The jump from the rule of man (kings) to the rule of law was greatly facilitated by the innovations of Lycurgus in Sparta, Greece, circa 700BC. Although severe in all respects, his very successful model of government equated all Spartan citizens as equal and gave them a voice in government, and at the same time, gave a great boost to the progress of democracy up the ladder of time.

Lycurgus lived at some time between 800 BC to 630 BC.  His legacy is a matter of considerable historical debate.

What is known is that he was a leader of the military Greek city-state of Sparta, situated in the southern part of Greece, at about 730BC, with the exact date a matter of controversy amongst historians.

The Spartans were unique in Greece as they made a point of not keeping historical records or issuing written laws. Lycurgus impressed the population with the need for a bench and from there, each case was to ne handled on a case-by-case basis, similar to England's institution of 2,000 years later, the Court of Chancery.

The absence of solid historical reports makes much of what we know about Lycurgus dependent on Greek historians of antiquity. Lycurgus' was written by Plutarch. With the ad hoc contributions of Plutarch's peers, allowing the cross-referencing of facts and dates, the life of Lycurgus has been pieced together (Plutarch was not one to let a little truth interfere with fact, stating categorically that Lycurgus "was descended from Hercules").

Plutarch tells us that Lycurgus first came to power as the regent of a younger royal heir.

At one point, he is said to have left Sparta and traveled to Crete, where he studied that island's legal code (which was also dedicated to military training of citizens).

Lycurgus returned and allegedly stopped by the Oracle at Delphi, who emboldened him to institute sweeping law reform in Sparta (which became known as "Rhetra").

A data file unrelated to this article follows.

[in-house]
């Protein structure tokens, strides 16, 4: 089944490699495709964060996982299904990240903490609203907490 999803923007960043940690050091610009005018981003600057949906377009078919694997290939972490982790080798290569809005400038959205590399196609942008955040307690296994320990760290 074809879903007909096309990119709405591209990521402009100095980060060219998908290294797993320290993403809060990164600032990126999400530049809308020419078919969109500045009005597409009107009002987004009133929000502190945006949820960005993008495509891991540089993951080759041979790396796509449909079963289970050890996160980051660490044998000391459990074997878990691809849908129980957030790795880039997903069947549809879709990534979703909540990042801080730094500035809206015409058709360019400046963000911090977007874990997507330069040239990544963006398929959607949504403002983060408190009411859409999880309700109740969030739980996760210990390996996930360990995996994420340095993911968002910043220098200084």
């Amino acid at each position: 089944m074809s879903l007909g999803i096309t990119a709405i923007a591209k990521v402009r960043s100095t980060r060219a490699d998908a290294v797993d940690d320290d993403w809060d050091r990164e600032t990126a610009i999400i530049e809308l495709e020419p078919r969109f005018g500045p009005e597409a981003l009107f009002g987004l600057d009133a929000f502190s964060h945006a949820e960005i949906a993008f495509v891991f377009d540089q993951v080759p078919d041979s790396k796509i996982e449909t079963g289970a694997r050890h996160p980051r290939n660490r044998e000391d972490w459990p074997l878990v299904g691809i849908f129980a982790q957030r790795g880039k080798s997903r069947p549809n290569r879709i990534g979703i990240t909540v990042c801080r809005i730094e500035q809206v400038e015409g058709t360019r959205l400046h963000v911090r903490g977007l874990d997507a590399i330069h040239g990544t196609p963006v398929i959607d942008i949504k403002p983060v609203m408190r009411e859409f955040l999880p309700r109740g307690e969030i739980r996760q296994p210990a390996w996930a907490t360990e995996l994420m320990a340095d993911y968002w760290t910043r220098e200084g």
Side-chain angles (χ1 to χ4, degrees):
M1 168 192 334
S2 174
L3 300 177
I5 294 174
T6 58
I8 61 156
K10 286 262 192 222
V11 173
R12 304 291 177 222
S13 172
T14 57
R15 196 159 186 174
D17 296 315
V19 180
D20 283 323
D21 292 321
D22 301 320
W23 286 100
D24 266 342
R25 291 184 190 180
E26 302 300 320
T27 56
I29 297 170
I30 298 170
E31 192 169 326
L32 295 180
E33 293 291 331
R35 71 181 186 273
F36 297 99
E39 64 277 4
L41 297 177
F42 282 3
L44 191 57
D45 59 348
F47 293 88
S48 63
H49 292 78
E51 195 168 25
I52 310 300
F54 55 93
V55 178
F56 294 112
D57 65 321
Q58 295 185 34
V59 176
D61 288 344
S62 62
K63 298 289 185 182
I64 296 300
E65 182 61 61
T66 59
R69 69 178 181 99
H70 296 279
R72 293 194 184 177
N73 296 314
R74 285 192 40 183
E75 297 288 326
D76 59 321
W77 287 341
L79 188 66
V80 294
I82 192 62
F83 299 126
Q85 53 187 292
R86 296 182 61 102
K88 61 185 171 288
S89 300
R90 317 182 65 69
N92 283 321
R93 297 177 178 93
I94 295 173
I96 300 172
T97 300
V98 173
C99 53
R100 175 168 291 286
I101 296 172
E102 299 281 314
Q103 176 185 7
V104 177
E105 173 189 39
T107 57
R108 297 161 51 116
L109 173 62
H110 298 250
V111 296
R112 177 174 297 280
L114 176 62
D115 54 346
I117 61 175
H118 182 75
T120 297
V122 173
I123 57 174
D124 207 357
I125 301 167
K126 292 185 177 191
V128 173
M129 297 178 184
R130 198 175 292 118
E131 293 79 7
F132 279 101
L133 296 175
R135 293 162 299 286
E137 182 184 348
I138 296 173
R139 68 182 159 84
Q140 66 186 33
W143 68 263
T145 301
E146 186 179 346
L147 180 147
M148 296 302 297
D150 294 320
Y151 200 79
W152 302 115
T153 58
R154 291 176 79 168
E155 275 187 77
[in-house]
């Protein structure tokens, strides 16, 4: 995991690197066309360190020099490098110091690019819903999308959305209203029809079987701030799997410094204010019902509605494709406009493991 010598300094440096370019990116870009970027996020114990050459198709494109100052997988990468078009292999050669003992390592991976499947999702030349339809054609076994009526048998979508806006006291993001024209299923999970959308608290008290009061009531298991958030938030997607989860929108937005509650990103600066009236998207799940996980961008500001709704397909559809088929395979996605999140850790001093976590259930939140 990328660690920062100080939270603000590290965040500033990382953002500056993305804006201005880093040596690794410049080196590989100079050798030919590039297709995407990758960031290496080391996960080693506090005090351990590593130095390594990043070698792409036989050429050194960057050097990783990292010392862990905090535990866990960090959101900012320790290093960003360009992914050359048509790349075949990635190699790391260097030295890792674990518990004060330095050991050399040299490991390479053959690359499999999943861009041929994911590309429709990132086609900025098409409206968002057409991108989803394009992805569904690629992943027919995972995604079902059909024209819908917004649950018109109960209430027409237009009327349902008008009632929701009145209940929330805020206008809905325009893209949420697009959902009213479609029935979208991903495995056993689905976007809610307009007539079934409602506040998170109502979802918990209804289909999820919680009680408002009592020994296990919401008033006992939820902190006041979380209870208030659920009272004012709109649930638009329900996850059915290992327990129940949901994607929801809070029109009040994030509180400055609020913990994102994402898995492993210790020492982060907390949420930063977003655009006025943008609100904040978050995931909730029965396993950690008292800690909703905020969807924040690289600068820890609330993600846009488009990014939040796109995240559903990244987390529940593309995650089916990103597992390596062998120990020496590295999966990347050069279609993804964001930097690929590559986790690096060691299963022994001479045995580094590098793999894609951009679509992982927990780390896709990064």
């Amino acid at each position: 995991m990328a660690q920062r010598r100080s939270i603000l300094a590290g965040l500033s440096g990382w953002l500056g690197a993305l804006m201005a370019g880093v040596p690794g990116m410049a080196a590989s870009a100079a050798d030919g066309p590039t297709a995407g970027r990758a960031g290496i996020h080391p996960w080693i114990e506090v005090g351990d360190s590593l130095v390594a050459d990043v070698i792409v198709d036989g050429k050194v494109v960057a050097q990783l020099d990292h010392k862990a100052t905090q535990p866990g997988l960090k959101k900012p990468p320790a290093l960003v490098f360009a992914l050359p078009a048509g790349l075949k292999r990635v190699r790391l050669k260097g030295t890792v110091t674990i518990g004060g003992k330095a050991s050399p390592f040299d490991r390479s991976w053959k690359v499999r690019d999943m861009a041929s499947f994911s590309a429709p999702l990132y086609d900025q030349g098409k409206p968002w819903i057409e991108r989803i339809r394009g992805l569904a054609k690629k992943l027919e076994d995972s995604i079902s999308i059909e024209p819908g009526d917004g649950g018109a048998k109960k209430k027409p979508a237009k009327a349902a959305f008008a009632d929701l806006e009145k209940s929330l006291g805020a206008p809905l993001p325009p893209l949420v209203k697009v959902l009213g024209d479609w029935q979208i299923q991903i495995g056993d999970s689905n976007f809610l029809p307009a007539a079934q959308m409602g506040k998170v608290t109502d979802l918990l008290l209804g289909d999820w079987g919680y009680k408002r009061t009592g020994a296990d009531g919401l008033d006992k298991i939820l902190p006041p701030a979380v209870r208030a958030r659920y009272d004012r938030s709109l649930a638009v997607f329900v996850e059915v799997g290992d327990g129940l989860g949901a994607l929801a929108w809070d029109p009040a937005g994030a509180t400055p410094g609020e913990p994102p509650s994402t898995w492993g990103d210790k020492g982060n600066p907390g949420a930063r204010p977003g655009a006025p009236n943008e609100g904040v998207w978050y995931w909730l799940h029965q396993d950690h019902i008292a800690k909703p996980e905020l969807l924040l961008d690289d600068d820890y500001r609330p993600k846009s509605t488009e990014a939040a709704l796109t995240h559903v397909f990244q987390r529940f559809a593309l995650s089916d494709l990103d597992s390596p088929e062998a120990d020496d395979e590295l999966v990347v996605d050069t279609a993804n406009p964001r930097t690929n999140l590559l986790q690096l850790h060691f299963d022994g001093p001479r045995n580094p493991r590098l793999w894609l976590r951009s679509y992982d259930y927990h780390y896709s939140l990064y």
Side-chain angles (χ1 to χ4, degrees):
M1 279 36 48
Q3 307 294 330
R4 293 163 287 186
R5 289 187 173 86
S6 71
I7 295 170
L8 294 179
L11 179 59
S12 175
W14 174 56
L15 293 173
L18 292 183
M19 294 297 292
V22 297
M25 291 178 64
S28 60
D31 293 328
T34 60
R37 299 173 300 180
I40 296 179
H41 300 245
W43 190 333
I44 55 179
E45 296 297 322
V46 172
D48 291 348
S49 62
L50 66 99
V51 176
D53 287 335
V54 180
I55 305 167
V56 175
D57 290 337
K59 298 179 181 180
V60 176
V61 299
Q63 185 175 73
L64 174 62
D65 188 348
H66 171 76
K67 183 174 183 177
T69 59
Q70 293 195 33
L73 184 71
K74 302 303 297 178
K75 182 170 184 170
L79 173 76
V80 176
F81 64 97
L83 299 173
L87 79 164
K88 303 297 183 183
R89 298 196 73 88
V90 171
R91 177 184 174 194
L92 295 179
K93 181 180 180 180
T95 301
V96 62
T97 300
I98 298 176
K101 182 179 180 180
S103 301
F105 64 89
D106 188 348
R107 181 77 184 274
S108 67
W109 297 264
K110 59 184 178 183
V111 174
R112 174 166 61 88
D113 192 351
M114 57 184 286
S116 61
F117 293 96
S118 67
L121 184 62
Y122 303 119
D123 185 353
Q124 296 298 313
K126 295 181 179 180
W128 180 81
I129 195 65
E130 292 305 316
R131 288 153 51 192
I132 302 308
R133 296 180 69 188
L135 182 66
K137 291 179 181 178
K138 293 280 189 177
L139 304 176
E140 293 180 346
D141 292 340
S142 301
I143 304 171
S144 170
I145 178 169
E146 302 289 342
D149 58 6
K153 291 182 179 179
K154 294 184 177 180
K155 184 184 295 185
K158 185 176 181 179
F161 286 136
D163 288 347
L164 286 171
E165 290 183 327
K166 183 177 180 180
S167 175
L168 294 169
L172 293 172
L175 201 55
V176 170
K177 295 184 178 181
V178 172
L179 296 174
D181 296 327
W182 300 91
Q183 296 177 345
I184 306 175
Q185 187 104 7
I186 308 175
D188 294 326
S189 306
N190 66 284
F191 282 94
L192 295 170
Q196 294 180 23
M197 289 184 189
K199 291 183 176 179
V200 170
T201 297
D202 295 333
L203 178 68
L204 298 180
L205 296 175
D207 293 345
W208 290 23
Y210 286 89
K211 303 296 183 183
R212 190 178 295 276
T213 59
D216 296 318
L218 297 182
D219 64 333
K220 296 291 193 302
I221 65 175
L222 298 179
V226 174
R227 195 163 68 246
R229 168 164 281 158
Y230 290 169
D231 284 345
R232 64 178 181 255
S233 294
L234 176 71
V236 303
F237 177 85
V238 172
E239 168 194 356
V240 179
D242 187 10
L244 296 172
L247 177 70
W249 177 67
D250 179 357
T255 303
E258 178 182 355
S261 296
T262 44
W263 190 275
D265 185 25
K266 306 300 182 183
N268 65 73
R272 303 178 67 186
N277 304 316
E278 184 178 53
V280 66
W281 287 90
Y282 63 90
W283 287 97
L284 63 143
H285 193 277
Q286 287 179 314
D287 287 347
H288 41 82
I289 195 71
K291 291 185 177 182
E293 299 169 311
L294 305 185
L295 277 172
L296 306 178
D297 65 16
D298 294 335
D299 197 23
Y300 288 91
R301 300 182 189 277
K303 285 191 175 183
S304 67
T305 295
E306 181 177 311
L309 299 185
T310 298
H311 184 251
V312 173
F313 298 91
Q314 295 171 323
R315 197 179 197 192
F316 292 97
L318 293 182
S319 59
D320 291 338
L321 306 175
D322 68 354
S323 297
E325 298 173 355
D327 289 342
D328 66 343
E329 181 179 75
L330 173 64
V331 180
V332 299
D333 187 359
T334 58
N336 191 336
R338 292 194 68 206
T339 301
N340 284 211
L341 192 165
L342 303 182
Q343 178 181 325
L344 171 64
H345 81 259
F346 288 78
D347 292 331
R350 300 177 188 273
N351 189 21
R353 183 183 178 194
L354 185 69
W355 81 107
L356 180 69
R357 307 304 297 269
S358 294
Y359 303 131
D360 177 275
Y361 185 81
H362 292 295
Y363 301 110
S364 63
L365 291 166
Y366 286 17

He started by taking rule away from the  will of a single man (a king)  and gave it to a senate of elders (each of whom had to be at least 60 years of age) and, from time to time, a general assembly of the people, the latter having the final say in the event of any conflict with the Senate.

The people could not propose any new laws; just endorse or veto what the Senate proposed.

It was a small step for Spartans but a giant step towards democracy.

This structure is often referred to as Lycurgus' Constitution of Sparta. Plutarch refers to his legacy as "the perfection of the science of government".

From time to time, particularly the rich, or former rich of Sparta, rebelled but Lycurgus always managed to survive and come out as an even greater legend.

Lycurgus' greatest contribution to the law and justice was to create what had been considered impossible: democracy and order in coexistence. In the words of Plutarch, making "the governed genuinely eager to take orders, just as the perfection of the art of riding is to make the horse respond to gentle guidance."

Lycurgus banned gold or silver money  and instead, replaced it with money made of iron.

The import of luxuries ceased and Plutarch explains that "robbery and bribery vanished from Sparta instantly".